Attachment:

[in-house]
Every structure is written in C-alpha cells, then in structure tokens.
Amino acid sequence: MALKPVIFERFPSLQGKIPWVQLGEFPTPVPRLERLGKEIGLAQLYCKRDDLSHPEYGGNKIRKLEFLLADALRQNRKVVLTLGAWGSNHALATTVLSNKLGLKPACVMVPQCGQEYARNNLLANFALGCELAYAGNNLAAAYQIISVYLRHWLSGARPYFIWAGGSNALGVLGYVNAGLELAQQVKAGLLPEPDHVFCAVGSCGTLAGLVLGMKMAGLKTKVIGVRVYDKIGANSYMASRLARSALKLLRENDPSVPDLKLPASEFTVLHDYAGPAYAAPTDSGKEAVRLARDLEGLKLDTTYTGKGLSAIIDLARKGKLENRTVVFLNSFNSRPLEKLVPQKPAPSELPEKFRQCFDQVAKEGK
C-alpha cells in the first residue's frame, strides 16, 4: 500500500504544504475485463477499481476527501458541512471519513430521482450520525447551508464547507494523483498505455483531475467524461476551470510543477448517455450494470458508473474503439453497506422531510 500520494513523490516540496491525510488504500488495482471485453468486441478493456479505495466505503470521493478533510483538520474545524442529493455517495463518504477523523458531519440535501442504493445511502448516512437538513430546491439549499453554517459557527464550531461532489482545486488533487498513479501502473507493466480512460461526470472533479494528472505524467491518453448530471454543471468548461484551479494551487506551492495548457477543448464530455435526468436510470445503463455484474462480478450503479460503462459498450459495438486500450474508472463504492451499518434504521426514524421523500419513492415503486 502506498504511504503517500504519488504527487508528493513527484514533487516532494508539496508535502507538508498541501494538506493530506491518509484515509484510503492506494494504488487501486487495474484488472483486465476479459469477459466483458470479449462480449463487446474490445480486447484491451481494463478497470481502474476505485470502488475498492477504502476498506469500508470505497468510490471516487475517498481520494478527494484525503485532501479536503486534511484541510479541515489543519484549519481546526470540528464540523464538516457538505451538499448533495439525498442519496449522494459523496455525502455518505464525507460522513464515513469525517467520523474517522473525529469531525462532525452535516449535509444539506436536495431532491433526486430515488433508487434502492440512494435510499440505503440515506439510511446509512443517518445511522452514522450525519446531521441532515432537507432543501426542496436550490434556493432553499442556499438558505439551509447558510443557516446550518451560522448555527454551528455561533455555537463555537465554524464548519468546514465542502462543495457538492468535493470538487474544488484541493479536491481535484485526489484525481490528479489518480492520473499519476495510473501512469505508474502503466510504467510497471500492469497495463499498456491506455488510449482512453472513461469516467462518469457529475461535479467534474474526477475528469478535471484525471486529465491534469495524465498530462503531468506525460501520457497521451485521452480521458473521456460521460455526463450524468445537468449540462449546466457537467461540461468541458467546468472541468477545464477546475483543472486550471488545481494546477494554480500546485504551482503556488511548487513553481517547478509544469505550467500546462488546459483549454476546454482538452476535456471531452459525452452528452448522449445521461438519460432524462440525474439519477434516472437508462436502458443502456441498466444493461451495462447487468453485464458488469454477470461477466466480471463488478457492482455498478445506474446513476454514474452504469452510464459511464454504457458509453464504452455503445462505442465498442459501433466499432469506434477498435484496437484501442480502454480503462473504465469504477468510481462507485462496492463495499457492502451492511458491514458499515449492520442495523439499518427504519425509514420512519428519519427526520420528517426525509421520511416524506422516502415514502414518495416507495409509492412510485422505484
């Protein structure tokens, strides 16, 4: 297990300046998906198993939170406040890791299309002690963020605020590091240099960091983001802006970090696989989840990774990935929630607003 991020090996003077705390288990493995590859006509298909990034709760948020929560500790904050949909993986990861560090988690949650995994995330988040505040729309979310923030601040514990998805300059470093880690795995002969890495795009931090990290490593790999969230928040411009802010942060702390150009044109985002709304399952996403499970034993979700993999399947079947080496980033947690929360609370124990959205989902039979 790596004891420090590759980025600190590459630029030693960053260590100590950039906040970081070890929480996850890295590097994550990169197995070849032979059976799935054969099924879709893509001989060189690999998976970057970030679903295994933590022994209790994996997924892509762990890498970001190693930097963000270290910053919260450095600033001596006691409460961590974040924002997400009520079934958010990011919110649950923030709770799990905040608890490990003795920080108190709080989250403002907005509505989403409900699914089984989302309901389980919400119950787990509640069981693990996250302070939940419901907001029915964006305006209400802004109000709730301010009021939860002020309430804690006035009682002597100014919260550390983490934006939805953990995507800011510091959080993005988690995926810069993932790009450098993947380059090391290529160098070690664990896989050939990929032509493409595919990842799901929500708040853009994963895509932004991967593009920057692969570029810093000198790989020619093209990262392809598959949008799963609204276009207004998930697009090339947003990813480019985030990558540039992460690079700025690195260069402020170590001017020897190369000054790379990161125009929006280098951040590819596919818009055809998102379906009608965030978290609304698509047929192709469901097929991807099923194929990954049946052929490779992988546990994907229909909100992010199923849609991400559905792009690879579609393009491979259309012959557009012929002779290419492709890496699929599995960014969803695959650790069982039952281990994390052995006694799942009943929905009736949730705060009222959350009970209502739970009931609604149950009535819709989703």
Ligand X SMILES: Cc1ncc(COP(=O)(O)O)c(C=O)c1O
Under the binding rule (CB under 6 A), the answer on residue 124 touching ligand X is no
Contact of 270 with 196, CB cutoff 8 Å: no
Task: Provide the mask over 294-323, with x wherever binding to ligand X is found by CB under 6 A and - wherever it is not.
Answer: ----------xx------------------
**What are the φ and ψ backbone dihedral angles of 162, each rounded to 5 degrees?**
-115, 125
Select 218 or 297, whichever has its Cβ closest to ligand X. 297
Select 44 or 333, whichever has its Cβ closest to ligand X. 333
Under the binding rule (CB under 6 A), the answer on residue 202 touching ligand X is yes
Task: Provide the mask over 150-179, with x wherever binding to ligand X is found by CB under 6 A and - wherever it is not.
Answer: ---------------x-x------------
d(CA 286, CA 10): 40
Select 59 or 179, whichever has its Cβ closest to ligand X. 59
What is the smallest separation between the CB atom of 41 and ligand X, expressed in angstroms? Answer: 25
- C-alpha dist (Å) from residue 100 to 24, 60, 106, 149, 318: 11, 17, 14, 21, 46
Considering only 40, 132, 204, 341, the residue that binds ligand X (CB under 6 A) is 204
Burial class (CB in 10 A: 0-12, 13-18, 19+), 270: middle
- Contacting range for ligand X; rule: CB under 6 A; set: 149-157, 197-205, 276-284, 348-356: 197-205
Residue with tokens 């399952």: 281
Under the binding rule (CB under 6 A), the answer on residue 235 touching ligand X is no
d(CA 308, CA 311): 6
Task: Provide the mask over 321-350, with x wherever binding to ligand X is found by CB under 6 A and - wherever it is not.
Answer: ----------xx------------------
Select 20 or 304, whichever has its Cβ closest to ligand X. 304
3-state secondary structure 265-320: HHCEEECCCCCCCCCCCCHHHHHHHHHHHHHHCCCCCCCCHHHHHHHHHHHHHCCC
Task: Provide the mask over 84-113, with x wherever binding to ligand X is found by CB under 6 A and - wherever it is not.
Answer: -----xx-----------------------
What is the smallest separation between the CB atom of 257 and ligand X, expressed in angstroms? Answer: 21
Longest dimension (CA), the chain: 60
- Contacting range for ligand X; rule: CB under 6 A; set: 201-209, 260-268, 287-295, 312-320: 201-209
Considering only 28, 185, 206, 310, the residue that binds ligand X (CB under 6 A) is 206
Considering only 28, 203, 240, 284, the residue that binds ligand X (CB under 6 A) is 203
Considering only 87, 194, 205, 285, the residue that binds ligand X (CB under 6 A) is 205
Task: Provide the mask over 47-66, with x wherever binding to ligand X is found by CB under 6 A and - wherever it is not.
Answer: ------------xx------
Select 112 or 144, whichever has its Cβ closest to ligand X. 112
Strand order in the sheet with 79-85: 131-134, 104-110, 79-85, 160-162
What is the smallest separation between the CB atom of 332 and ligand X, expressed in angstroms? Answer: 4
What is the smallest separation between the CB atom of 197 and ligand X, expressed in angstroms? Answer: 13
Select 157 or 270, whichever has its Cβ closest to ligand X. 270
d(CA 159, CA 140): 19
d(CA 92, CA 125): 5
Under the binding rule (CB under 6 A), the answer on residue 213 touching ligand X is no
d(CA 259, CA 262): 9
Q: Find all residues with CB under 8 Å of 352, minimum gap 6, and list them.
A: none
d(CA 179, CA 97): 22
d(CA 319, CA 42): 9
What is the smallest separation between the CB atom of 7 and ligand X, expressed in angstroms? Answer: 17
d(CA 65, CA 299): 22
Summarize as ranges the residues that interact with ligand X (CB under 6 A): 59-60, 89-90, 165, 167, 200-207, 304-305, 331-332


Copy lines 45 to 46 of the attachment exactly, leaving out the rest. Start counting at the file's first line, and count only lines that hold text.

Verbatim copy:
What is the smallest separation between the CB atom of 197 and ligand X, expressed in angstroms? Answer: 13
Select 157 or 270, whichever has its Cβ closest to ligand X. 270